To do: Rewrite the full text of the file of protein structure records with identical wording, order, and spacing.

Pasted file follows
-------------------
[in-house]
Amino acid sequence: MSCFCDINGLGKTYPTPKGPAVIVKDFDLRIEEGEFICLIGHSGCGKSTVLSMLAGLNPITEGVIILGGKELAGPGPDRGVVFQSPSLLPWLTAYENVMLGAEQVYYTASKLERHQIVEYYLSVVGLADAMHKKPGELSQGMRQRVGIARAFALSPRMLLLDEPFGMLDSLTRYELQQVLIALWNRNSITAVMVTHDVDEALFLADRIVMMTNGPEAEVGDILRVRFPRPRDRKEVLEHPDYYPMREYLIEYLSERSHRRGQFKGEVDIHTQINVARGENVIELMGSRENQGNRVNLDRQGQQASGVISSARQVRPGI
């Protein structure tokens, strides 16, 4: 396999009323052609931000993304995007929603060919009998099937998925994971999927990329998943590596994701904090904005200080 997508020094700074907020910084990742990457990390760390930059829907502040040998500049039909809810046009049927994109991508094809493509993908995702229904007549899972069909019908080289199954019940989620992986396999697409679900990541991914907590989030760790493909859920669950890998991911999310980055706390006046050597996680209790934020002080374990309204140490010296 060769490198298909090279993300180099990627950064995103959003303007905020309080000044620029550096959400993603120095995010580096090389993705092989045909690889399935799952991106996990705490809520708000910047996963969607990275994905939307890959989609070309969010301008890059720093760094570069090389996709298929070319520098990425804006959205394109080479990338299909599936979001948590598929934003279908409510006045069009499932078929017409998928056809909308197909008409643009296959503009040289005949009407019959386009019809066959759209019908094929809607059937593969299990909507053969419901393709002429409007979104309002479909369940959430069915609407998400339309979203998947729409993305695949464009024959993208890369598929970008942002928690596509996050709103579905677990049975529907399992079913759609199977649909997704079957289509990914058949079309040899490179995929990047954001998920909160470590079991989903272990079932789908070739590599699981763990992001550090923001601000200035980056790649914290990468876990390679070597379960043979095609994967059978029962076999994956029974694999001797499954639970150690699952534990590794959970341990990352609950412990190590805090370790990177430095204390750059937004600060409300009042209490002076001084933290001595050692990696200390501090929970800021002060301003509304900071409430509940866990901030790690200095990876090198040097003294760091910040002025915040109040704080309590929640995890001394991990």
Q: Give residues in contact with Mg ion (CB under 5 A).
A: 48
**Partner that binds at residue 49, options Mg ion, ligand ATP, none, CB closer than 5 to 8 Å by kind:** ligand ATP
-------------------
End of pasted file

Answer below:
[in-house]
Amino acid sequence: MSCFCDINGLGKTYPTPKGPAVIVKDFDLRIEEGEFICLIGHSGCGKSTVLSMLAGLNPITEGVIILGGKELAGPGPDRGVVFQSPSLLPWLTAYENVMLGAEQVYYTASKLERHQIVEYYLSVVGLADAMHKKPGELSQGMRQRVGIARAFALSPRMLLLDEPFGMLDSLTRYELQQVLIALWNRNSITAVMVTHDVDEALFLADRIVMMTNGPEAEVGDILRVRFPRPRDRKEVLEHPDYYPMREYLIEYLSERSHRRGQFKGEVDIHTQINVARGENVIELMGSRENQGNRVNLDRQGQQASGVISSARQVRPGI
């Protein structure tokens, strides 16, 4: 396999009323052609931000993304995007929603060919009998099937998925994971999927990329998943590596994701904090904005200080 997508020094700074907020910084990742990457990390760390930059829907502040040998500049039909809810046009049927994109991508094809493509993908995702229904007549899972069909019908080289199954019940989620992986396999697409679900990541991914907590989030760790493909859920669950890998991911999310980055706390006046050597996680209790934020002080374990309204140490010296 060769490198298909090279993300180099990627950064995103959003303007905020309080000044620029550096959400993603120095995010580096090389993705092989045909690889399935799952991106996990705490809520708000910047996963969607990275994905939307890959989609070309969010301008890059720093760094570069090389996709298929070319520098990425804006959205394109080479990338299909599936979001948590598929934003279908409510006045069009499932078929017409998928056809909308197909008409643009296959503009040289005949009407019959386009019809066959759209019908094929809607059937593969299990909507053969419901393709002429409007979104309002479909369940959430069915609407998400339309979203998947729409993305695949464009024959993208890369598929970008942002928690596509996050709103579905677990049975529907399992079913759609199977649909997704079957289509990914058949079309040899490179995929990047954001998920909160470590079991989903272990079932789908070739590599699981763990992001550090923001601000200035980056790649914290990468876990390679070597379960043979095609994967059978029962076999994956029974694999001797499954639970150690699952534990590794959970341990990352609950412990190590805090370790990177430095204390750059937004600060409300009042209490002076001084933290001595050692990696200390501090929970800021002060301003509304900071409430509940866990901030790690200095990876090198040097003294760091910040002025915040109040704080309590929640995890001394991990």
Q: Give residues in contact with Mg ion (CB under 5 A).
A: 48
**Partner that binds at residue 49, options Mg ion, ligand ATP, none, CB closer than 5 to 8 Å by kind:** ligand ATP